With The Hunger Games, Suzanne Collins mines familiar dystopian ground, building around the kind of public-spectacle blood-and-circuses concept that has fueled everything from Death Race 2000 to The Running Man. Yep, there's little new under the dome of the battle arena - except the character at the center.
Katniss Everdeen is the kind of heroine too little seen in pop culture: a strong and capable young woman, utterly human in her anxieties and in no way defined by the men around her. It's easy to understand why female readers in particular have gravitated to her adventures with a unique sense of personal connection. There's one thing a film adaptation of The Hunger Games simply had to do, and that's give audiences a Katniss as gripping and powerful as Collins' creation.
That's exactly what director Gary Ross does by casting the remarkable Jennifer Lawrence. Like Lawrence's breakout Oscar-nominated role in Winter's Bone, Katniss is a teenager living in an impoverished area, helping support a family with an absent father and an emotionally devastated mother. Katniss volunteers to take the place of her younger sister in the ritual competition-to-the-death known as the Hunger Games, a tradition built on a punishment for a failed attempt at overthrowing the government.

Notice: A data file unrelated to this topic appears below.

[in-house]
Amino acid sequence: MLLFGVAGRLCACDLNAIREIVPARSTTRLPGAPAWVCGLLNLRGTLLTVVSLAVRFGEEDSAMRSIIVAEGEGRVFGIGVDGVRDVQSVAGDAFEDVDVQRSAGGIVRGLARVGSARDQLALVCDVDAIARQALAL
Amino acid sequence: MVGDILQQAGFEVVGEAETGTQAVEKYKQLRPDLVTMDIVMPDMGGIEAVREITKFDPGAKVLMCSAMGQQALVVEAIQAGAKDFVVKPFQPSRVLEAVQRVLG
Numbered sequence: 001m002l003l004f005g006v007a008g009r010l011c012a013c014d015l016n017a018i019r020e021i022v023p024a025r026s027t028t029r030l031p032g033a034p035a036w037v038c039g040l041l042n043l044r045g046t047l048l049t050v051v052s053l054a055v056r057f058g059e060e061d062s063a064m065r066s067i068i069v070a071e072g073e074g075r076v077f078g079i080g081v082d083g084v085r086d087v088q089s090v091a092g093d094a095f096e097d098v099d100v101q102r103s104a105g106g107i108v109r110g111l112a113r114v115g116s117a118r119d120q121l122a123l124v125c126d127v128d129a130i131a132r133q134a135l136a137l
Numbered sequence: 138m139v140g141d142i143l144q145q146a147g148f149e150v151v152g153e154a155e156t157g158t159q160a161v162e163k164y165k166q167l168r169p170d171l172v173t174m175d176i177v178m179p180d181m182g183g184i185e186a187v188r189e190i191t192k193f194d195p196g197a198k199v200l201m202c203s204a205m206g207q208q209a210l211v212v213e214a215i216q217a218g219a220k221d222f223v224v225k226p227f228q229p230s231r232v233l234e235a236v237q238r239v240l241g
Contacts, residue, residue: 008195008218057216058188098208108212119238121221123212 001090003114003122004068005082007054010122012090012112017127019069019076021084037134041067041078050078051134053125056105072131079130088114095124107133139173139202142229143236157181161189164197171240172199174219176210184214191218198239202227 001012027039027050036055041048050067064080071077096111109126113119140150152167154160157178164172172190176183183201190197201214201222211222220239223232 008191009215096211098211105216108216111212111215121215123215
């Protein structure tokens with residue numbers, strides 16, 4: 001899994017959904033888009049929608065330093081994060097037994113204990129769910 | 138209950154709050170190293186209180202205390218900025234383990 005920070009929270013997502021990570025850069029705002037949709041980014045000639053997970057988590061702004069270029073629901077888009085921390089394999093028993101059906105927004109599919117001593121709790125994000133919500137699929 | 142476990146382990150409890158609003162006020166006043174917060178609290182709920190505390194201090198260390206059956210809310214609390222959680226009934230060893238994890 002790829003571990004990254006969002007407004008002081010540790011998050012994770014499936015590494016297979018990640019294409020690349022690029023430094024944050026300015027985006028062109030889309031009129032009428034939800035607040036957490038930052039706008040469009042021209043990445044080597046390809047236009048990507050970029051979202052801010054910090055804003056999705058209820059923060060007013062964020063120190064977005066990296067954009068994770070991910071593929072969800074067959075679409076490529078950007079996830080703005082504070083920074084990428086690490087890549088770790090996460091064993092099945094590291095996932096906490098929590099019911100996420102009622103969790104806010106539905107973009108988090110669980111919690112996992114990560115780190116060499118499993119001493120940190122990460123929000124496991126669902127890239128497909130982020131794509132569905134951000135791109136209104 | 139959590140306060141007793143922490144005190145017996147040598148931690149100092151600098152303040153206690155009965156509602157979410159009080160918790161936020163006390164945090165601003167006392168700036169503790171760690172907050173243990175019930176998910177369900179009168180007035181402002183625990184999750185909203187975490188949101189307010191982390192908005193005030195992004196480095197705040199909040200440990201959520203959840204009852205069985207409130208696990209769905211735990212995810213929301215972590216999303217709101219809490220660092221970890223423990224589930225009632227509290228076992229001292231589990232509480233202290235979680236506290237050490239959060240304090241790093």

The Hunger Games is a surprisingly quiet blockbuster, which plays perfectly into Lawrence's presence as an actor. She's equally convincing as the uncompromising spirit who shakes up a crowd with a demonstration of her archery prowess, and as the introvert frustrated at the idea that she has to become a likable reality-television star. The star and director both nail the beginning of the competition itself, as a terrified Katniss visibly shakes at the fate awaiting her, and the opening minutes of the Games themselves explode in an almost mute jumble of carnage.
The Hunger Games soars when Lawrence's Katniss is the focal point - and when she's not, it doesn't. The dialogue is spare, but when it comes, it's too often baldly expository. And there's the unfortunate matter of Katniss' co-participant in the Games, Peeta, with Josh Hutcherson disappearing into the background as he's unable to match Lawrence's performance in commitment to the concept.
When it works best, The Hunger Games isn't really about the Hunger Games. It's a showcase for the low-key ferocity of Jennifer Lawrence, playing the kind of hero that's always the most compelling: the kind who begins to change the world simply by doing what she believes is the only right thing to do.